Google has confirmed that it intends to add a new feature to its Chrome web browser that will block certain types of ads from being seen by users, and in some cases could block all the ads on websites that don't meet certain standards.
The Alphabet subsidiary says it wants to work with publishers to help them understand what kinds of ads will no longer be acceptable, and the standards being built into the browser come from an industry group rather than Google. But that hasn't stopped some from criticizing the idea, since Google controls a significant share of the online ad market.
Word of the new feature first emerged in April, when the Wall Street Journal reported that Google had approached some publishing partners about its plans.
At the time, Cornell Law professor James Grimmelmann said that the idea of an ad blocker controlled by one of the world's largest digital-advertising companies was almost certain to raise anti-competitive concerns.
In a nutshell, Chrome will now include ad-blocking features that are turned on by default (although Google prefers to call it "filtering" rather than blocking). Ads that meet certain annoying criteria will not be shown, and if a website crosses a certain threshold of substandard ads, users won't see any ads.
Some of the ad types that will be blocked include pop-ups, videos that auto-play, and so-called "pre-stitial" ads that force readers to sit through a count down before they can see the page's contents. Many leading publishers rely on some or all of these strategies to boost ad revenue.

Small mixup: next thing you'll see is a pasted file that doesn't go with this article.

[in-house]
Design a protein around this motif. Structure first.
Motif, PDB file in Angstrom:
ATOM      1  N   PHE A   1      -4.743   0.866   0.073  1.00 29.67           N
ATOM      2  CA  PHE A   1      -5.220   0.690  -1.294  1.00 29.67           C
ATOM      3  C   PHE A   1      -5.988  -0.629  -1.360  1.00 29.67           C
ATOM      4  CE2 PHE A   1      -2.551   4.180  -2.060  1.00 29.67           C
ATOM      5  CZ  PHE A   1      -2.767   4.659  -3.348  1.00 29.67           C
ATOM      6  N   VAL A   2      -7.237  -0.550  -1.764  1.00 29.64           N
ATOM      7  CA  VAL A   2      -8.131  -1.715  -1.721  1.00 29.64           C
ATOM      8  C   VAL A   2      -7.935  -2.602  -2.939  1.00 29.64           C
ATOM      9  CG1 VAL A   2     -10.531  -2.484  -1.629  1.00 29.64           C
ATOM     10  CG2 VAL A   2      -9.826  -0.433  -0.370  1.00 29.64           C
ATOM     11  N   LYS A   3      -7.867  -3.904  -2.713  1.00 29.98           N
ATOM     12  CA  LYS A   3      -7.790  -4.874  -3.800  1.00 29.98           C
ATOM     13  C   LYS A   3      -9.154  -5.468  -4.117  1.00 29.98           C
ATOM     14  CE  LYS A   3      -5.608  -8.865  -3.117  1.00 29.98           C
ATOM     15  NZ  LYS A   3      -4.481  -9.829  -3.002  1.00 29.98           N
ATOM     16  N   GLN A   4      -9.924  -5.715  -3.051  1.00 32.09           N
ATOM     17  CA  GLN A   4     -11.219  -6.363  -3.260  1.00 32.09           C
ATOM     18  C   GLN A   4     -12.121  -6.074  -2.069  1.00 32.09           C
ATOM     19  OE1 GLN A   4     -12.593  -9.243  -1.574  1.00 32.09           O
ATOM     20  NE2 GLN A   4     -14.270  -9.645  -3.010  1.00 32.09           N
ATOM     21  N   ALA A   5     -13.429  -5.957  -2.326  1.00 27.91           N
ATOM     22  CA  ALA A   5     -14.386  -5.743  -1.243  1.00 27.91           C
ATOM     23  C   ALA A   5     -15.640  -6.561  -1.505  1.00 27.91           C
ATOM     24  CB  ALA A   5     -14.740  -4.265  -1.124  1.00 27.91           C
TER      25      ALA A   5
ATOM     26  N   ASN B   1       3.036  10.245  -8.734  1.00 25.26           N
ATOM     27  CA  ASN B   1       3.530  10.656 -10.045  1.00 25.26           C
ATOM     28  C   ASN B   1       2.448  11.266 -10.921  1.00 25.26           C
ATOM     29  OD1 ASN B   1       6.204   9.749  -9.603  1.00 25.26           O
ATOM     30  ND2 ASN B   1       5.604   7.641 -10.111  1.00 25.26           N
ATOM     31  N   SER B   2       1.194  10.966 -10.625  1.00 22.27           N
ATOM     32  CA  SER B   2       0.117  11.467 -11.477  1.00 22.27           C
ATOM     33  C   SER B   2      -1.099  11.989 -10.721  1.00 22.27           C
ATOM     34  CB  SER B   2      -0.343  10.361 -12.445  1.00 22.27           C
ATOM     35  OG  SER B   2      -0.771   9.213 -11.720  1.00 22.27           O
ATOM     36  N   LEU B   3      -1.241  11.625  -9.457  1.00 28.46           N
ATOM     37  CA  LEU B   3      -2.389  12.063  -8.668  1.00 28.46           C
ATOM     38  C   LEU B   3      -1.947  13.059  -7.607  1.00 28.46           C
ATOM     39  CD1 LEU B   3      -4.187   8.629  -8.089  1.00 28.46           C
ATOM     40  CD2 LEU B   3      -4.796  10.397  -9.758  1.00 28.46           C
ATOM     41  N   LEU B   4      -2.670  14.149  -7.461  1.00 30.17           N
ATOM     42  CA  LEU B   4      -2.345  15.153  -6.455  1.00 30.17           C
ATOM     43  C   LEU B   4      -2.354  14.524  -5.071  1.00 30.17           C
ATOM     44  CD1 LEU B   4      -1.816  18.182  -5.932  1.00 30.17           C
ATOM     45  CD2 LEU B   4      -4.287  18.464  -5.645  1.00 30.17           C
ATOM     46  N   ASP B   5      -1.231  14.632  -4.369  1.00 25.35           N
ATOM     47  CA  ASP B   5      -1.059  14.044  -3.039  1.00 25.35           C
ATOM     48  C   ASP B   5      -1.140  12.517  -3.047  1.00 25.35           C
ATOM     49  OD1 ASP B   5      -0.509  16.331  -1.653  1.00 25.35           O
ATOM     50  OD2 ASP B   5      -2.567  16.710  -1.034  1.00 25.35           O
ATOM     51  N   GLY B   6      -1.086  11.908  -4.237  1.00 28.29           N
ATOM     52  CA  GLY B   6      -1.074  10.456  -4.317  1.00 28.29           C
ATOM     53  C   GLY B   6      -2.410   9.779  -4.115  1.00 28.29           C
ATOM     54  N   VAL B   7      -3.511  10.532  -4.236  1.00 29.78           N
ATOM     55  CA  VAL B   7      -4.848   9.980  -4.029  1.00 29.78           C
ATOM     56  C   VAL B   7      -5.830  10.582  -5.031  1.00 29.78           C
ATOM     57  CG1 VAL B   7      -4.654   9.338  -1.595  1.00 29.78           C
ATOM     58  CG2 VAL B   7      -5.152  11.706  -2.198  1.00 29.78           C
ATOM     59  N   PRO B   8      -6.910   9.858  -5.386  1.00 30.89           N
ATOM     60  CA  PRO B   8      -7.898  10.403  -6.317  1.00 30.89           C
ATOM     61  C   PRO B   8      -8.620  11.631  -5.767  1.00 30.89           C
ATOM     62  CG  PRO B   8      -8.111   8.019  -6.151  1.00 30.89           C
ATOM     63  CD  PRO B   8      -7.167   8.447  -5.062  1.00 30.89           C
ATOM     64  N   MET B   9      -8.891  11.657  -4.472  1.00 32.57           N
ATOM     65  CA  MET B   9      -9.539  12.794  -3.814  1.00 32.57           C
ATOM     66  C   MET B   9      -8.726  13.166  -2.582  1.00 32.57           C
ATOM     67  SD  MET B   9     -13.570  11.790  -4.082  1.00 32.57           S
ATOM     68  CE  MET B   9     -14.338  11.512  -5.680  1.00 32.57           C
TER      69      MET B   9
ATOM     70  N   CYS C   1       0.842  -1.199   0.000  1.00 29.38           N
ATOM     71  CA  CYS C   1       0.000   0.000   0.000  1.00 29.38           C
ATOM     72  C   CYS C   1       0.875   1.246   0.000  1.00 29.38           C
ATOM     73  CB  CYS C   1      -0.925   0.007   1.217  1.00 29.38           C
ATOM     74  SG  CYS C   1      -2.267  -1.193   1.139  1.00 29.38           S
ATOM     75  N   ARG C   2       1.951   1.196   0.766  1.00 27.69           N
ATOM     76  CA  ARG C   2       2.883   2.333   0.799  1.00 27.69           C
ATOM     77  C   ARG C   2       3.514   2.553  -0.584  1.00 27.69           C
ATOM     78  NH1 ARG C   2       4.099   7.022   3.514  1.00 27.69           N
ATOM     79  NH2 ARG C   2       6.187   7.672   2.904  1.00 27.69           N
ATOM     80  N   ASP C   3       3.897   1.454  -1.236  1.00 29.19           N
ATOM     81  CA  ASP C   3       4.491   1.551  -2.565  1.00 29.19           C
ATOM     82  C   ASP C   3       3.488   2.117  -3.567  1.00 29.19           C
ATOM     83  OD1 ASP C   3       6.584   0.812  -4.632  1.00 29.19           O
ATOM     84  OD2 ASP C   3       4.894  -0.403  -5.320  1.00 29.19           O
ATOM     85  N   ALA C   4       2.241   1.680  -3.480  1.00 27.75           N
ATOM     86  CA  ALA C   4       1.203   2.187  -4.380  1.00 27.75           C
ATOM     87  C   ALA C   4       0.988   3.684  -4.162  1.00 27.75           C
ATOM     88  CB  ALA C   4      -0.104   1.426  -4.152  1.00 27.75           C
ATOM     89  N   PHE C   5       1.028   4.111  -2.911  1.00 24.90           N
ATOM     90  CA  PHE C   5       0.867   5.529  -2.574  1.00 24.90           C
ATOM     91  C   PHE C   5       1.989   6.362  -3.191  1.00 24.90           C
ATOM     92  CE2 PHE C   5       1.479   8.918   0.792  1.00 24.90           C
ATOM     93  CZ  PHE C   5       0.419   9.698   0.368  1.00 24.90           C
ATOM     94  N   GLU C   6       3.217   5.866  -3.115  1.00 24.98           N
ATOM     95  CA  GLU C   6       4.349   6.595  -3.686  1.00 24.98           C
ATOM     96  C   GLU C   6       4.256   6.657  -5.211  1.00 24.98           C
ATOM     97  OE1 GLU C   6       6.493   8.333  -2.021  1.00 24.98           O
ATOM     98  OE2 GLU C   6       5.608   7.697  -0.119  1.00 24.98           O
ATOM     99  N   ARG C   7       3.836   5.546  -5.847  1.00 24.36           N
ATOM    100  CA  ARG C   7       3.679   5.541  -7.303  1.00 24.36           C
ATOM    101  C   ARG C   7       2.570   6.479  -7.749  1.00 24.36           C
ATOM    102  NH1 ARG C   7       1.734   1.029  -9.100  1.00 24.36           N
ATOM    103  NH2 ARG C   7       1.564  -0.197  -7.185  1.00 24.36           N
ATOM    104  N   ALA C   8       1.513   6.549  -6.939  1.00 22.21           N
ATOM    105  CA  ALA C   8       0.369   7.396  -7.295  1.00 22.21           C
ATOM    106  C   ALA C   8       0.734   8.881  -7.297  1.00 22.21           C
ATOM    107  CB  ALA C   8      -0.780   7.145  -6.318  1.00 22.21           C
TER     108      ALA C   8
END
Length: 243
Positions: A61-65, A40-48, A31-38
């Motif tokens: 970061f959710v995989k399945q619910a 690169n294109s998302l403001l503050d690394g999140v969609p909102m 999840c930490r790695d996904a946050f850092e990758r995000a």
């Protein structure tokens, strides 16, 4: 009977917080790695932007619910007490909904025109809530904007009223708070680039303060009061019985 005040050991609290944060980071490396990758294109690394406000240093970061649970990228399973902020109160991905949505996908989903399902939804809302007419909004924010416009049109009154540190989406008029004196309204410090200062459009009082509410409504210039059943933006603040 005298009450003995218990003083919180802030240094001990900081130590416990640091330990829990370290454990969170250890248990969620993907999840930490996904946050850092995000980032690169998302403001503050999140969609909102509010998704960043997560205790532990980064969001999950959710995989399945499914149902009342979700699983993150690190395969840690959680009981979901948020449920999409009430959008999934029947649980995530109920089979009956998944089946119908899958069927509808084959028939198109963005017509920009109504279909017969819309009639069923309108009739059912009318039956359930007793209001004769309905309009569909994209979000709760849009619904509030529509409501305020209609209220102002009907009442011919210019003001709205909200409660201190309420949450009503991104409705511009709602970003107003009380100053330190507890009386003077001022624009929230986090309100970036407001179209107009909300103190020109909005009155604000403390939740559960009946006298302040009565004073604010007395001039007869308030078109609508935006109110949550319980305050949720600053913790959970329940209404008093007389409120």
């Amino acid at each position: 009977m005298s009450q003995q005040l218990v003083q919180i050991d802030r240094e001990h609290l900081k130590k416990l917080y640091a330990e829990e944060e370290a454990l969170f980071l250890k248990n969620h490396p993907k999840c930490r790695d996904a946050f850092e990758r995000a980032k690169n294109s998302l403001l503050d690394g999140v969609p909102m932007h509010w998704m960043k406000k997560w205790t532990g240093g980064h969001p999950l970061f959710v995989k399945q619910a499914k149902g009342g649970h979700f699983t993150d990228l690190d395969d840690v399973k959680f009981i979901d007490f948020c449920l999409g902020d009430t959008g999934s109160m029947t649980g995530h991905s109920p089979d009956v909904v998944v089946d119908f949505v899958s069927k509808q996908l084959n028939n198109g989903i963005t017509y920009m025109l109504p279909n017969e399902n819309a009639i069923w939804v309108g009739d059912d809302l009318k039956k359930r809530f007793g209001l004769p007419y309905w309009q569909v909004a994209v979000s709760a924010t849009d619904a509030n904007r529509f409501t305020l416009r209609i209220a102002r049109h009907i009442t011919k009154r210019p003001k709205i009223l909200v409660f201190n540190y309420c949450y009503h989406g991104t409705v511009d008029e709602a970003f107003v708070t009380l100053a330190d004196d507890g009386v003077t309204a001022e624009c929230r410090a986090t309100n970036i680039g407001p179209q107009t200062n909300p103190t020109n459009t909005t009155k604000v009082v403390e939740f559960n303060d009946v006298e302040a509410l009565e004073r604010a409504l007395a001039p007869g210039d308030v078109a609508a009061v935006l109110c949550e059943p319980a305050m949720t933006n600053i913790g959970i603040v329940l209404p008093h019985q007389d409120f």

To try to soften the blow somewhat, Google is also offering something called Funding Choices, which allows publishers to show users a note when their ads are blocked by third-party software. The note will give readers the option of either disabling their blocker or buying an ad-free pass or subscription of some kind for that site.
Google reportedly pays Eyeo, the German company that owns AdBlock—the leading ad-blocking software—to have its ads automatically whitelisted, so they are not blocked.
The company notes that the standards for what will be considered acceptable advertising under its new Chrome system have been developed by the Coalition for Better Ads, an industry group that includes advertisers and industry groups, media companies such as News Corp., as well as Google and Facebook.
The appeal of such a feature for users and publishers is obvious. The web has become a sea of popups, pop-unders, interstitials, auto-playing videos and other annoying behavior, and growing numbers of users have responded by installing ad-blocking software like AdBlock. That causes publishers to lose revenue, which leads to even more desperate behavior.
However, some media companies argue that they have no choice but to rely on these kinds of ads, because the bulk of the advertising business has been sucked up by Google and Facebook.
According to a recent estimate by Pivotal Research, not only do the two digital giants control over 75% of the $70-billion U.S. digital ad industry, last year they accounted for almost all of the industry's growth compared to 2015.
Not only that, but Google's Chrome browser has an estimated 58% share of the browser market. Other smaller players such as Internet Explorer and Firefox have built-in ad blockers, but they aren't owned by advertising companies.
So in effect, what Google is rolling out is a system that will block ads by default for a majority of web users, based on standards that it and Facebook—two companies that control the bulk of the online advertising business—have a huge amount of control over.
Will it improve the web for users? Probably. But at the same time, it raises some significant questions about the extent of Google's power over the advertising we see, and its increasing dominance when it comes to how publishers and media companies can make money.